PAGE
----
I had two small niggles with the story, neither major. One is the pacing of fighting scenes, where I felt tension could have been increased by a change in the rhythm of the narrative; the other is in some of the language in dialogue. Fitzgerald’s characters speak naturally, often using modern words in an iron-age setting, and while for the most part I didn’t find this jarring, one or two words did jump out at me as inappropriate.

As with all good speculative fiction, Fitzgerald has asked some hard questions about our society; about how we judge and fear people by their outward appearance. His characters – and readers – see that once true dialogue begins, commonalities outweigh differences. But while individuals learn this, and accept the Maer as human, will the Realm, the larger government which is only hinted at in this first book? Hollow Road ends with questions that should make the reader impatient for the next book in the trilogy, The Archive, due out December 4th. It certainly made me frustrated that I couldn’t keep reading the story immediately!  Strongly recommended for readers who like character-based fantasy with a solid plot.

Win a signed paperback copy (US only) of Hollow Road!

September 13, 2020 at 12:00am EDT to September 20, 2020 at 11:59pm EDT

Hollow Road by Dan Fitzgerald. Adult Fantasy, 243 pages, published: September 17, 2020 by Shadow Spark Publishing.

Book Links

Goodreads: https://www.goodreads.com/book/show/54801285-hollow-road

Amazon: https://www.amazon.com/dp/B08FDPR332

Author Information

Dan Fitzgerald is a fantasy writer living in the Capitol Hill neighborhood of Washington, DC with his wife, twin boys, and two cats. When he is not writing, he might be gardening, doing yoga, cooking, or listening to French music.

Find out more about Dan and his books at www.danfitzwrites.com, or find him on Twitter or Instagram, with the handle danfitzwrites in both places.

Author Links

Website: http://www.danfitzwrites.com/

Twitter: https://twitter.com/DanFitzWrites

Instagram: https://www.instagram.com/danfitzwrites/

Goodreads: https://www.goodreads.com/danfitzwrites

Empire’s Exile milestone 1

Here’s one of those ‘milestones’ a writer reaches; I’ve got the first draft of the first third of Empire’s Exile written. That’s about 40,000 words. Writing this one is an interesting experience.

There are the logistics to consider: making sure I tie up all the loose ends and unanswered questions from Books 1 & 2.  There is making sure I stay true to the theme of exile:  in Book 1, Empire’s Daughter, Lena was barely adult, still a ‘dutiful daughter’ in many ways, just beginning over the course of the book to realize that truth comes in many forms.  In Empire’s Hostage, Book 2, Lena is a hostage both actually and figuratively, her fate in the hands of rules and traditions. In this third and last volume, I’m exploring the theme of exile, again both actual and figurative.  It doesn’t always make for easy writing.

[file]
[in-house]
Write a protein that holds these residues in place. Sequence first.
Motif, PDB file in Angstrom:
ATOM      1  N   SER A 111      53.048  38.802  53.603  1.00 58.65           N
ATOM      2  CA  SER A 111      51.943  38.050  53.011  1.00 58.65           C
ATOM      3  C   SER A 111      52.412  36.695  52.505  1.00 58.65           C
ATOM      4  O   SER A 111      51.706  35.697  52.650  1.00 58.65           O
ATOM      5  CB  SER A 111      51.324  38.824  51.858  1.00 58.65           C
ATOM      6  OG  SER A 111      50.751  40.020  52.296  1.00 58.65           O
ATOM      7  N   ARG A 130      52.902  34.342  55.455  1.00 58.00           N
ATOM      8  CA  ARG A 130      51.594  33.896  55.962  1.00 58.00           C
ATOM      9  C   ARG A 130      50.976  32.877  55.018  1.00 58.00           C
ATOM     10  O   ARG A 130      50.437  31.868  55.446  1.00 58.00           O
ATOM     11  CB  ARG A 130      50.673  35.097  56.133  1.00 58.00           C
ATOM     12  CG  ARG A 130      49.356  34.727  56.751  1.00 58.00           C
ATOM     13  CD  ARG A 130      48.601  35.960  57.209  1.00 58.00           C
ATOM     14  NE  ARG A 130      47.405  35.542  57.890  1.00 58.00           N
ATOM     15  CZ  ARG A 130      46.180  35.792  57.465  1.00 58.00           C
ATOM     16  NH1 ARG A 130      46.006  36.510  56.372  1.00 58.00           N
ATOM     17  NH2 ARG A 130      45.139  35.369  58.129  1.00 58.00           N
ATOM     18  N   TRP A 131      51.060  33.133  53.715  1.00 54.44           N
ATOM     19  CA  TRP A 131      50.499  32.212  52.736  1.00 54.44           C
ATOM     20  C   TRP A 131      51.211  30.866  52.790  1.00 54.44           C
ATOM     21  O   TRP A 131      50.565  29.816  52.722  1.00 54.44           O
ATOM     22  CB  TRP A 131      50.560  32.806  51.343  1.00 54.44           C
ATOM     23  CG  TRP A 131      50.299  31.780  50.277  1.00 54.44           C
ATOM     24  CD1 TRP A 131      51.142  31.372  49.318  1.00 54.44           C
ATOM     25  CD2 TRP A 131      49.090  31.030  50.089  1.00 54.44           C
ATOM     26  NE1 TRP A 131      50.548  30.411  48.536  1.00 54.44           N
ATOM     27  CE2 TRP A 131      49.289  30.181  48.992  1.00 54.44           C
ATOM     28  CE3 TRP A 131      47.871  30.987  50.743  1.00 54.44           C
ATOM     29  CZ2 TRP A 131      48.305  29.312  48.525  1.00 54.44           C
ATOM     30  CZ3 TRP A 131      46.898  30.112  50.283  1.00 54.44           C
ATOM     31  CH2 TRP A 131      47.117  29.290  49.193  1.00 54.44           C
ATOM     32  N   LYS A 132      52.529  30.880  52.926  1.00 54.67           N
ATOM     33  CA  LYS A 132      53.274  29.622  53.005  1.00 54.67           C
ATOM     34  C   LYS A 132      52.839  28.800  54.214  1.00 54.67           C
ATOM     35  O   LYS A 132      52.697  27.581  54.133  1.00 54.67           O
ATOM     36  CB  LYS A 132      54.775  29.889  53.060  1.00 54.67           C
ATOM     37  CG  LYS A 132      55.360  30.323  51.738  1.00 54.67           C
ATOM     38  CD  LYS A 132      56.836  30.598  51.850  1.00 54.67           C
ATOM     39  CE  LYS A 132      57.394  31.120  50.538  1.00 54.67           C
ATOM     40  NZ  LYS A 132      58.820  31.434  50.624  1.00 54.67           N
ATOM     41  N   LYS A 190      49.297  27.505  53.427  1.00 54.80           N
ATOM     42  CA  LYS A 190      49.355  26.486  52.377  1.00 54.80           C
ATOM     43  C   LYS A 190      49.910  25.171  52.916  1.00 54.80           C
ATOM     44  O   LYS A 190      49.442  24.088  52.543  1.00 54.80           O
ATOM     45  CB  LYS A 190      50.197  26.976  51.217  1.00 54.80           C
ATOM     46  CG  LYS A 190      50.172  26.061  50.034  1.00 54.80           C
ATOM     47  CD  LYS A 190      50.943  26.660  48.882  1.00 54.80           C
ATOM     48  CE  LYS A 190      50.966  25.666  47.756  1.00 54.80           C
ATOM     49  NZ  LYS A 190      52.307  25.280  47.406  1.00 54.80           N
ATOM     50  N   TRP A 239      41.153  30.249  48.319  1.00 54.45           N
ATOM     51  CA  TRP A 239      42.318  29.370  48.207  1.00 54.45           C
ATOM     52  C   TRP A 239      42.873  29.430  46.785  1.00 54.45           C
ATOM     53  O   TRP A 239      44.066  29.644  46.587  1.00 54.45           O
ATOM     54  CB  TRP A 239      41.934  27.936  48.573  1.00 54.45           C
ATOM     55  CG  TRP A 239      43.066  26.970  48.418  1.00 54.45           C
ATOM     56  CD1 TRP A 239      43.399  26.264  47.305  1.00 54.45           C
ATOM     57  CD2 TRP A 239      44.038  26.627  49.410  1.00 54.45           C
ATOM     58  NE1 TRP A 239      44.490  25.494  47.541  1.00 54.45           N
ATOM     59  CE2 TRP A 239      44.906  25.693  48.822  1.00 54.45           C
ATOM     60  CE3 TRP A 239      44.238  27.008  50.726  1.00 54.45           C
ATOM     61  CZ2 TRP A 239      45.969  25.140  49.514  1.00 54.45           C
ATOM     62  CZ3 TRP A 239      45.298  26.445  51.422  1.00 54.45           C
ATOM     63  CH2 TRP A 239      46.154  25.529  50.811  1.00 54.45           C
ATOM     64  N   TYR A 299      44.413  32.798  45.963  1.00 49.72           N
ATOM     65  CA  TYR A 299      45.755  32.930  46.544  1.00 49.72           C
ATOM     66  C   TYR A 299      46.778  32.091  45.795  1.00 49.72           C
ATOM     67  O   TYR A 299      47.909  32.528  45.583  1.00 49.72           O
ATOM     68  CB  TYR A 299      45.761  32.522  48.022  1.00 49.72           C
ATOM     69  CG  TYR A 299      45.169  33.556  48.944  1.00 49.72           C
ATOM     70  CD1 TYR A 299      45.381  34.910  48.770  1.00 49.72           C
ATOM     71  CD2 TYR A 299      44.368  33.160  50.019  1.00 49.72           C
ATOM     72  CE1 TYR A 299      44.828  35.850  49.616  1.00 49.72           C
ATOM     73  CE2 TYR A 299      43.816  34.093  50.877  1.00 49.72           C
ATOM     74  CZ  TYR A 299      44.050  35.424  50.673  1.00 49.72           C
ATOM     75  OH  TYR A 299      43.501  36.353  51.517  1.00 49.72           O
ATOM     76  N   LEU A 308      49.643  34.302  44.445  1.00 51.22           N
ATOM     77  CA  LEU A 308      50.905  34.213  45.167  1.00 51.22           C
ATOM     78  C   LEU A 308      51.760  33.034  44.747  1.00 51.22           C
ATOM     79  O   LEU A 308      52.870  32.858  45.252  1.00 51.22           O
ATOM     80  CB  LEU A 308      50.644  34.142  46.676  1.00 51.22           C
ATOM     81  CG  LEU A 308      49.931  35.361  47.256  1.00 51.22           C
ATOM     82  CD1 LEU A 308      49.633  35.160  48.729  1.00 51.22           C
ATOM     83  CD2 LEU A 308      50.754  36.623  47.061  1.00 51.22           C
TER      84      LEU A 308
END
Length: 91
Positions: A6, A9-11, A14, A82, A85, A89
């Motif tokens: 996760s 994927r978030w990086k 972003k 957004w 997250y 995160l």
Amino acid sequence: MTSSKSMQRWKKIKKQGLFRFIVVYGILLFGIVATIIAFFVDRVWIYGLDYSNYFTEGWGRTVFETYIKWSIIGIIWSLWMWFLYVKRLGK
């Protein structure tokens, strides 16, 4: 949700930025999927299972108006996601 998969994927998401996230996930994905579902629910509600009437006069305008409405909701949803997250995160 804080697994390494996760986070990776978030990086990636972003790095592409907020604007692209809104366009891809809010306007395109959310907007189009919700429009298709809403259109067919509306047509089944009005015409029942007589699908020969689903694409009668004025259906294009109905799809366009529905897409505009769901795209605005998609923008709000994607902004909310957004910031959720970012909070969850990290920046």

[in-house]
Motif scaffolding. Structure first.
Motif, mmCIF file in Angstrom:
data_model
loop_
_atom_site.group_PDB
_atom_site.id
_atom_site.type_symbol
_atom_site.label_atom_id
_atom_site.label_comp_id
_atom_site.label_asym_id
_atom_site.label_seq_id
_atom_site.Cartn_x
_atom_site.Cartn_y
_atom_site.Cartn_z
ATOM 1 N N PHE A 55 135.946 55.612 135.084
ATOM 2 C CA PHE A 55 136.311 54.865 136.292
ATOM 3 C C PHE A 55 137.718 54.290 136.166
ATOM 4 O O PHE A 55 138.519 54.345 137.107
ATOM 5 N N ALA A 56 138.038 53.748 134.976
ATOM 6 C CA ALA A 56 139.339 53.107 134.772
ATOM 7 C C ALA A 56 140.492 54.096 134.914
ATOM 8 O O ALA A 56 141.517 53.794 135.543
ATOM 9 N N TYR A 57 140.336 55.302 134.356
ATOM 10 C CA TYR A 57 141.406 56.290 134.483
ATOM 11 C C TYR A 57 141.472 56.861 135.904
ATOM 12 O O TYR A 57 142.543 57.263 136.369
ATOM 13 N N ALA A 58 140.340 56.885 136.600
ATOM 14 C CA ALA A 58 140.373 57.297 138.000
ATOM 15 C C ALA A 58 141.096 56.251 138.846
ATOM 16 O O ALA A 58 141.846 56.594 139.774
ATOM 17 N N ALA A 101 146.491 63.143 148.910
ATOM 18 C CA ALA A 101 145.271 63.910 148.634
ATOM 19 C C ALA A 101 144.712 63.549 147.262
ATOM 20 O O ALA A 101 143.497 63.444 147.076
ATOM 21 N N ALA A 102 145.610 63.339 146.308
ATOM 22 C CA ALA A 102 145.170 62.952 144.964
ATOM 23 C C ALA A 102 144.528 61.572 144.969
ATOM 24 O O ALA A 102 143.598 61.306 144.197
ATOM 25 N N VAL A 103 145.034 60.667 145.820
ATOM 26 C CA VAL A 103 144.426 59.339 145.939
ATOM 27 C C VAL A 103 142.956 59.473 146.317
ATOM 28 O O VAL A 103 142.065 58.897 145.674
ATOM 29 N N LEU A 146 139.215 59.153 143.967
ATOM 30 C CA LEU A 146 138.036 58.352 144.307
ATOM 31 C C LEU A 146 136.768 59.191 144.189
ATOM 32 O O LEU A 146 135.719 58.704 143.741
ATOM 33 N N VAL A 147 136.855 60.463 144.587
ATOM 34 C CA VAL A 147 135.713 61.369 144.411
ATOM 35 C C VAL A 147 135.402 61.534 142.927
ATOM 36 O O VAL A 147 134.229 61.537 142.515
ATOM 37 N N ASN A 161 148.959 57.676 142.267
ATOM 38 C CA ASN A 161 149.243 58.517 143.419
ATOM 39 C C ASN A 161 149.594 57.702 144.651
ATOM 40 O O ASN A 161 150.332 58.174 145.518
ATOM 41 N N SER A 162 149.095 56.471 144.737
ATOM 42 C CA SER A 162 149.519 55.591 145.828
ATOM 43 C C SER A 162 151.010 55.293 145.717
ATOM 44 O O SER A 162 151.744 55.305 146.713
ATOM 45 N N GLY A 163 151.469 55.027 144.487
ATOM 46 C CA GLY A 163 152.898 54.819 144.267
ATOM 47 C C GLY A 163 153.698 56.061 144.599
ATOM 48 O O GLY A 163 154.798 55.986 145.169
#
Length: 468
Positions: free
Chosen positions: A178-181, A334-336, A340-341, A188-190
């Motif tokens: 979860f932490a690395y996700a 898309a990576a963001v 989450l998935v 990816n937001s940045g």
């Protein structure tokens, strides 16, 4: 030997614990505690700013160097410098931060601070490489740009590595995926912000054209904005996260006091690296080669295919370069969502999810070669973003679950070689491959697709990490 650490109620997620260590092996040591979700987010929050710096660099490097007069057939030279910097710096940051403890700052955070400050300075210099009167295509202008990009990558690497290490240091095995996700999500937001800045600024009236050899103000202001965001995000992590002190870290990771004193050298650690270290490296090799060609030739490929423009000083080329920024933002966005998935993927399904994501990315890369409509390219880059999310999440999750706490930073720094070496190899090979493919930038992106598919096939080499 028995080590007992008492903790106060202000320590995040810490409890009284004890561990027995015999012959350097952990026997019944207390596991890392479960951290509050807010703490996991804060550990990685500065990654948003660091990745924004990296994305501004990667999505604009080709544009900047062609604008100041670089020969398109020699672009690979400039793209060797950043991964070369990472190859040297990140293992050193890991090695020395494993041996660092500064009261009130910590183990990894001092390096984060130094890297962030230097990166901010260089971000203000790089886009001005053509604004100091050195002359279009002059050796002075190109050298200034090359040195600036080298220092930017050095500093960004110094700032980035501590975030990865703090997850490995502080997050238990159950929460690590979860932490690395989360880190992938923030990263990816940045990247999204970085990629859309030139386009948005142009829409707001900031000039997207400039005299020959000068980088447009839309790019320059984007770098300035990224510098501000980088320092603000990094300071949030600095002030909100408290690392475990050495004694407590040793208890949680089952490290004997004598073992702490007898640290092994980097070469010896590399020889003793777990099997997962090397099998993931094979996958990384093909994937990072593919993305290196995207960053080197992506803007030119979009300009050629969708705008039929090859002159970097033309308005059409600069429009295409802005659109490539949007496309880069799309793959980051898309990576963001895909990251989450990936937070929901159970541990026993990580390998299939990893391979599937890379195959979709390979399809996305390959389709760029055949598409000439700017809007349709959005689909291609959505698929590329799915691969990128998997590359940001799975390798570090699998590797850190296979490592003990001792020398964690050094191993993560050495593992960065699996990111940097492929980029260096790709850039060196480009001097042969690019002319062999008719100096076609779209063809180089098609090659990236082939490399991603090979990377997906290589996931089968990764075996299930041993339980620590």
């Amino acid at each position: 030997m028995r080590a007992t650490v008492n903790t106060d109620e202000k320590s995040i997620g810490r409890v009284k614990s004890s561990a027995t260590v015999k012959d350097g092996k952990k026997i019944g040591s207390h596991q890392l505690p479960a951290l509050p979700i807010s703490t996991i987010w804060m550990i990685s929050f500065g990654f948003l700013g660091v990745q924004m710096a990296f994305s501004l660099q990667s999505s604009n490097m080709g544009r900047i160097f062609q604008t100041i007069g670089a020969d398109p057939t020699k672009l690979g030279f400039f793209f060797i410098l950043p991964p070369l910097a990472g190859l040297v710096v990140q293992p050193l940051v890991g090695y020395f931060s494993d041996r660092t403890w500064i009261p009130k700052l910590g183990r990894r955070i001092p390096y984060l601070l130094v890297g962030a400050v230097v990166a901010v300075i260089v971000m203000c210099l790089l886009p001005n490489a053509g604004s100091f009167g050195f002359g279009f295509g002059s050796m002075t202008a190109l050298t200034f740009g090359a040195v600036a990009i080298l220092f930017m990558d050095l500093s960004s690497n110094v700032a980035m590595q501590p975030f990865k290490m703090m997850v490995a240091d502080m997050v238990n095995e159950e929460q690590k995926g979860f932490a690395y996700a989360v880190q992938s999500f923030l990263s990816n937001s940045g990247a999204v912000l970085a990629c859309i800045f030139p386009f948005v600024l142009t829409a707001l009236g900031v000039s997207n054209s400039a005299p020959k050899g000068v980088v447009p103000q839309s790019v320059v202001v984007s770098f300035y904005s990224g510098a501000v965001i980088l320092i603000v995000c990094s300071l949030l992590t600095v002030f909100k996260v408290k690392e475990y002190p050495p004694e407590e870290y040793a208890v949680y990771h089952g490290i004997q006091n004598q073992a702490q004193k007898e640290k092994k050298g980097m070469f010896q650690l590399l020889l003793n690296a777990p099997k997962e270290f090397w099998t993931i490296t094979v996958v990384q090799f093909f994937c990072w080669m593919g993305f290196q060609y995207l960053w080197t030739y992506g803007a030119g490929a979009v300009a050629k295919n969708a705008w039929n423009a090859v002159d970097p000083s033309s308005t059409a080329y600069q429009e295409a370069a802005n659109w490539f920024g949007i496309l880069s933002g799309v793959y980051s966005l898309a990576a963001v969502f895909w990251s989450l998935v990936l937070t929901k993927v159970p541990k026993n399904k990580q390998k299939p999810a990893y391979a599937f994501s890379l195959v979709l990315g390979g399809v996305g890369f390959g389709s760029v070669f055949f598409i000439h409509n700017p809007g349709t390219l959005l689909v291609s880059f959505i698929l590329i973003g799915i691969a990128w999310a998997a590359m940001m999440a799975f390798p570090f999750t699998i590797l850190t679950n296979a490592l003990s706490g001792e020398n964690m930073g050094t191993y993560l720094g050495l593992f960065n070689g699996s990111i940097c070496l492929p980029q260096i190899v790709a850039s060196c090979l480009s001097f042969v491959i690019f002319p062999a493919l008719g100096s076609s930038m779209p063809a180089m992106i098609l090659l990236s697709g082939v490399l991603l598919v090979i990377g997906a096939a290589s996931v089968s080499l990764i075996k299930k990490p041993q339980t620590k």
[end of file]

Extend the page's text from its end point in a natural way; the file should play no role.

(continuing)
Then there are my characters.  I thought I knew the basic story arc, but they had different ideas. Listening to what they told me (or what my subconscious told me, if you prefer), had led to Exile being a different story than what I thought it was going to be, introducing other forms of displacement into the narrative. It also left me with an enormous dilemma about the ending…which I have resolved in a way that is both true to the story and satisfying for me. (If you’re wondering why I’m talking about the ending when I’m only 1/3 into the book, it’s because I need to know what the ending is, so I can work towards it.)

So I’m going to take a breather for a few days, work on two unrelated editorial projects, get organized and packed for our escape from winter, and once we’re settled in there, start the middle third.  Quite a bit of research is associated with this third, and I need to plot out the major conflicts and crises, but I’m hoping to have this section done by March.  I’ll need to work flat out if I’m going to get this book out for the Christmas 2018 market…which is my current goal….but, just maybe, I will make it.

Updates, excerpts, backgrounders as I have time and they are appropriate!

Empire’s Legacy Book One is FREE

For a limited time (Sunday July 23rd to Thursday July 27th), the Kindle edition of Empire’s Daughter, Book I of the Empire’s Legacy series, is FREE on Amazon.

Empires_Daughter_Cover_for_Kindle

 

“… the world building is quite remarkable and the characters incredibly real. The reader is pulled in by the rich descriptions – the action scenes are brilliantly done, and the romance is unforced. This is a good one.” Rebecca Rafferty

 

 

 

While you’re there, you might want to check out Empire’s Legacy Book II, Empire’s Hostage. It’s not free, but it’s priced as low as Amazon will allow for the Kindle edition.cover ebook under 2MB smaller

Involving, evocative, intelligent—an outstanding historical fantasy.” – Maria Luisa Lang

For some of the background to the Empire’s Legacy series, take a look here.